LT: I first came to town with RuPaul, Lady Bunny and Lahoma Van Zandt, a whole gaggle of fantastic drag queens at a time when New York was suffering. A lot of the local talent had been eaten up by the AIDS crisis. We showed up dressed colorfully, like clowns, at a time when Charivari Black was the ruler. It was literally like the entire town was in mourning. As soon as I got here, Michael Alig put me to work. We did this party at the Pyramid Club, and no one came but a couple of our friends. We did these great drag shows with Ru and Bunny. Michael hired us all, and took us to the Tunnel to do the celebrity club. So I definitely owe Michael a thank you for that. He was very good at spotting new talent, for sure.

Did you stay in touch with him, after the murder and his imprisonment?

AL: I wrote him a letter once, but it’s really hard. I understand in drug circles that stuff like that is common, but moralistically, I’m not a violent person, so it’s really hard to deal with.

How about you, Larry?

LT: I had to work through that one a lot because I’m a drug addict and I’ve been in recovery now for 11 years, and a lot of the things I did while I was high are not things that I’m particularly proud of. He was so high that I don’t think the Michael Alig I really knew, the one who helped everybody out so much, was the same guy who killed Angel.

Larry, one of your songs is called “Agyness Deyn.” Why do you think we’re so fixated on her?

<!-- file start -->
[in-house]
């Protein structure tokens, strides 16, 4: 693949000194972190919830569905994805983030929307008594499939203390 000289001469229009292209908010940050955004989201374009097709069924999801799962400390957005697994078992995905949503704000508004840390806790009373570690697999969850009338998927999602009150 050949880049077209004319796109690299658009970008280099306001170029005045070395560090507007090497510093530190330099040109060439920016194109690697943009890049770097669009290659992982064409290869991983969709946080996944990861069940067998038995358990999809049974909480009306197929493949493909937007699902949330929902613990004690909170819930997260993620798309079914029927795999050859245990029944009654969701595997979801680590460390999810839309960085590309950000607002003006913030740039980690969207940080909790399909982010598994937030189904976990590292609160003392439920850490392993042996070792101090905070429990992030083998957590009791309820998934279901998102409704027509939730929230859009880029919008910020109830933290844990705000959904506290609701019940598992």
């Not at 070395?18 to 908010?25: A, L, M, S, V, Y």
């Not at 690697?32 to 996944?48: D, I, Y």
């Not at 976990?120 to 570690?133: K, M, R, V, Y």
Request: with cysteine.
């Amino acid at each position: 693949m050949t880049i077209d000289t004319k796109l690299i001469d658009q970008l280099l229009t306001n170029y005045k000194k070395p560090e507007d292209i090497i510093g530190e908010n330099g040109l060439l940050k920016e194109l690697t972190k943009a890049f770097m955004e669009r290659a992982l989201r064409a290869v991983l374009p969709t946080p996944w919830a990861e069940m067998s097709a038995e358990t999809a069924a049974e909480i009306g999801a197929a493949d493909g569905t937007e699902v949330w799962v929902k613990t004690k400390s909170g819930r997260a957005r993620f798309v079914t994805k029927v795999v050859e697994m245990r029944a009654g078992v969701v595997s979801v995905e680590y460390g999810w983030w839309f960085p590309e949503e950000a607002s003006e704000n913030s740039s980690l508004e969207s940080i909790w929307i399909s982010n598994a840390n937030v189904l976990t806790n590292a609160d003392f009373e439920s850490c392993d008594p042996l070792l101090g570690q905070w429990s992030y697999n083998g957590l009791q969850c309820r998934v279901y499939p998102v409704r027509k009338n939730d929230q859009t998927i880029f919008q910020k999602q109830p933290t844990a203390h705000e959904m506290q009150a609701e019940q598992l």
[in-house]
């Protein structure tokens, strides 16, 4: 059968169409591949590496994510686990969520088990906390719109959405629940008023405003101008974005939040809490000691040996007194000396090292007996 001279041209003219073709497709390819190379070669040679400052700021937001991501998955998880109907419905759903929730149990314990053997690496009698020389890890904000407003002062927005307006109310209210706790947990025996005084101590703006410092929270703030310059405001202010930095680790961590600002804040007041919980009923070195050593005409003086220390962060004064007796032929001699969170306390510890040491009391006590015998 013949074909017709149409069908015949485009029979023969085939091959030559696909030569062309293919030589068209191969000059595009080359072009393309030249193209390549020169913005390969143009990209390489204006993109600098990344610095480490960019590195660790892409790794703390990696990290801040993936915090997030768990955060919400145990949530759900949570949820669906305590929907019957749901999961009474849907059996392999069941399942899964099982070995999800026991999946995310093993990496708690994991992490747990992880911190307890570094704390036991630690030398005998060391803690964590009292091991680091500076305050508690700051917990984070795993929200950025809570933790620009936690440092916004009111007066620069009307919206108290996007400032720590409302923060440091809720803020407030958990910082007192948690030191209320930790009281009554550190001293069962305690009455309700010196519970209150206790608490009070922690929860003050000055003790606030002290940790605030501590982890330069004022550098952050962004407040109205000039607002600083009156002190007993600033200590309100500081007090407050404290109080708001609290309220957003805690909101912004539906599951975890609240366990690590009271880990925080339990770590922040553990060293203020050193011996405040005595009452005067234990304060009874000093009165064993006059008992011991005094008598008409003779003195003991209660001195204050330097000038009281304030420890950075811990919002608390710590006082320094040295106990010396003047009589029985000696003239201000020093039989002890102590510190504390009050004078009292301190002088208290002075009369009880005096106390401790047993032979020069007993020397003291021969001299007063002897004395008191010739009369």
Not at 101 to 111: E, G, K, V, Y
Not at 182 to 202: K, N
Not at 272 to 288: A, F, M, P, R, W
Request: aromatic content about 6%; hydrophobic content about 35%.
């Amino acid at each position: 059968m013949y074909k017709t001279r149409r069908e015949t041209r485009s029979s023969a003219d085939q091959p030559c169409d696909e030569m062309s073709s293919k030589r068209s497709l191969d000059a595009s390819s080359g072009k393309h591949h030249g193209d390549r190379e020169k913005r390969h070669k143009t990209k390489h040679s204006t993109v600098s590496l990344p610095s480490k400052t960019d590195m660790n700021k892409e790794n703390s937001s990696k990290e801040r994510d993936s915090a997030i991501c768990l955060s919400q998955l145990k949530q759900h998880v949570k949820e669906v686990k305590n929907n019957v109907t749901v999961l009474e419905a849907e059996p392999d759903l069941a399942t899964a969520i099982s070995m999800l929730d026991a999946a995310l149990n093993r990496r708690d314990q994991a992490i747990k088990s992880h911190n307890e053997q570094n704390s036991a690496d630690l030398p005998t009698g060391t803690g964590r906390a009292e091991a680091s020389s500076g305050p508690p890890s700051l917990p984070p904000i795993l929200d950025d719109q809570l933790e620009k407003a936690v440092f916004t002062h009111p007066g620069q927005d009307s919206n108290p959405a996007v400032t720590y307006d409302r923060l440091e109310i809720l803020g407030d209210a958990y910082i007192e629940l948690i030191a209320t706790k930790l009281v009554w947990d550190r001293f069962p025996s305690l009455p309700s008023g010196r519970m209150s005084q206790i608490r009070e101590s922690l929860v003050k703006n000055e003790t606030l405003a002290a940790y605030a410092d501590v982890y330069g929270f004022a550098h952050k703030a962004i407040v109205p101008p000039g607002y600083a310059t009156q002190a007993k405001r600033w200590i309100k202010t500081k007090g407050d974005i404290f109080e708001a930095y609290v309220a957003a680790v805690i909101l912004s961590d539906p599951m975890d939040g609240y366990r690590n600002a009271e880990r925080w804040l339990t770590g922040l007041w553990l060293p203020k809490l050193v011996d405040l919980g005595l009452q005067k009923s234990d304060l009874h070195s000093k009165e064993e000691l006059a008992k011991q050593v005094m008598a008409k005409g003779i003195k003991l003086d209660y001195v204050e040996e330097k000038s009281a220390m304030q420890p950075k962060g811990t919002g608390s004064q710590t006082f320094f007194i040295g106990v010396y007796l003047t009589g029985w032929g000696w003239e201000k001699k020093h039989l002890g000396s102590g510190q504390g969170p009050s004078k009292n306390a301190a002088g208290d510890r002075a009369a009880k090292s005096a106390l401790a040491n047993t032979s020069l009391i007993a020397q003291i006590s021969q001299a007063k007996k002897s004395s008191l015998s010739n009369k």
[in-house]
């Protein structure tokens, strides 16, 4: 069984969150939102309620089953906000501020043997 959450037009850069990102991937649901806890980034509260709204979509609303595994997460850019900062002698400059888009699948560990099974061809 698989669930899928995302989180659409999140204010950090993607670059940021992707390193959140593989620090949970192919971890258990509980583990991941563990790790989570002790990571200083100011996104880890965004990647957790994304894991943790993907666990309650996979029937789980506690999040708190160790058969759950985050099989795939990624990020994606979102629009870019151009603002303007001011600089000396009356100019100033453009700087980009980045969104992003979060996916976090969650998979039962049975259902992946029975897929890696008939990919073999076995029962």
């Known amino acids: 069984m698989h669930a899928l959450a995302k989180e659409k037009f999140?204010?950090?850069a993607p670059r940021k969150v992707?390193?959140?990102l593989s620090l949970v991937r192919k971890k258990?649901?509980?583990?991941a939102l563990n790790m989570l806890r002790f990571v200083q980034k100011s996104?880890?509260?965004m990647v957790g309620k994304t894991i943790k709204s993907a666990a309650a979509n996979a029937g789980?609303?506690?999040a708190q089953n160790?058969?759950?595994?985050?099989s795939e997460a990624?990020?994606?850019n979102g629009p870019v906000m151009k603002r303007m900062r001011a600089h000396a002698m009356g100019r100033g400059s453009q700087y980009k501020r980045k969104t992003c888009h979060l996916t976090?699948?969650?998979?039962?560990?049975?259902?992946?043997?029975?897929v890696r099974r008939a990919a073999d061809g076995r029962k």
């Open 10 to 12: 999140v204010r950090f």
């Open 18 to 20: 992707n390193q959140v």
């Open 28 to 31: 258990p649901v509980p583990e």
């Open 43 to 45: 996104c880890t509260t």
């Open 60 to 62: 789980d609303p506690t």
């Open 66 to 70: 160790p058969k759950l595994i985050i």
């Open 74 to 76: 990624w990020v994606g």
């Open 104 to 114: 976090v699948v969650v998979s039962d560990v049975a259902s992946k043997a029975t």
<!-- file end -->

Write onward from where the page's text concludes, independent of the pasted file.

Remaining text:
LT: I shouldn’t say this, but I will: She lives right underneath me. After I finished the song, I saw her eating across the street and she said, “I just bought a loft over here. The big red building right there.” And I said, That’s my building! But I just couldn’t bring up the nerve to say, I have this crazy song about you on my album, and it sounds like a bunch of bees chasing Mr. Oizo down the street! But I did leave a copy with my doorman to give to her, so I assume she knows now.

No reaction yet?
I don’t think she can react, because people will say, “It’s too crazy for me, but Agyness likes it. God, what is Agyness about?” When Kate Moss doesn’t say anything, it’s mysterious and we can only project upon her what we think she’s like and how smart we think she is. Agyness knows the same thing—she’s better off when she doesn’t talk.

What was your most outrageous night out, ever?
AL: For me, it was probably at this fashion party, where David [LaChappelle] took my dress and wouldn’t give it back to me—I was completely naked for the first time. I think Stephanie Seymour was hosting the party, and those girls didn’t really like it because all these photographers were going crazy. And then David took off with Naomi Campbell, so I was there alone, naked, with no clothes.

I haven’t seen any new photo shoots from David in a while. Are you still working with him?

AL: I just did a photo shoot with him in Hawaii, so there are new pictures of me giving birth. I don’t understand it totally, but he’s very into paradise, the afterlife and religion, because the Three Wise Men were also in the photo shoot. It’s very different from the pop culture things we did before. It was more of a miracle birth—I think I was supposed to be the Virgin Mary, but because I’m a transsexual, it was a miracle.

Finally, Amanda, can you tell me what your new perfume smells like?

AL: It has real Cristal in it, because when perfumer Christophe Laudamiel met me, I was drinking champagne and celebrating at a birthday party with Pam Anderson and David LaChapelle, so he wanted to put that in there. And it has flowers, with the red of my lips, and white for the skin, and yellow for my hair. So you should probably talk to him about the ingredients.
LT: It doesn’t smell like pussy?
AL: No, it definitely doesn’t smell like pussy, but it’s very strong. When I go to the gym, people know I’m there before they see me.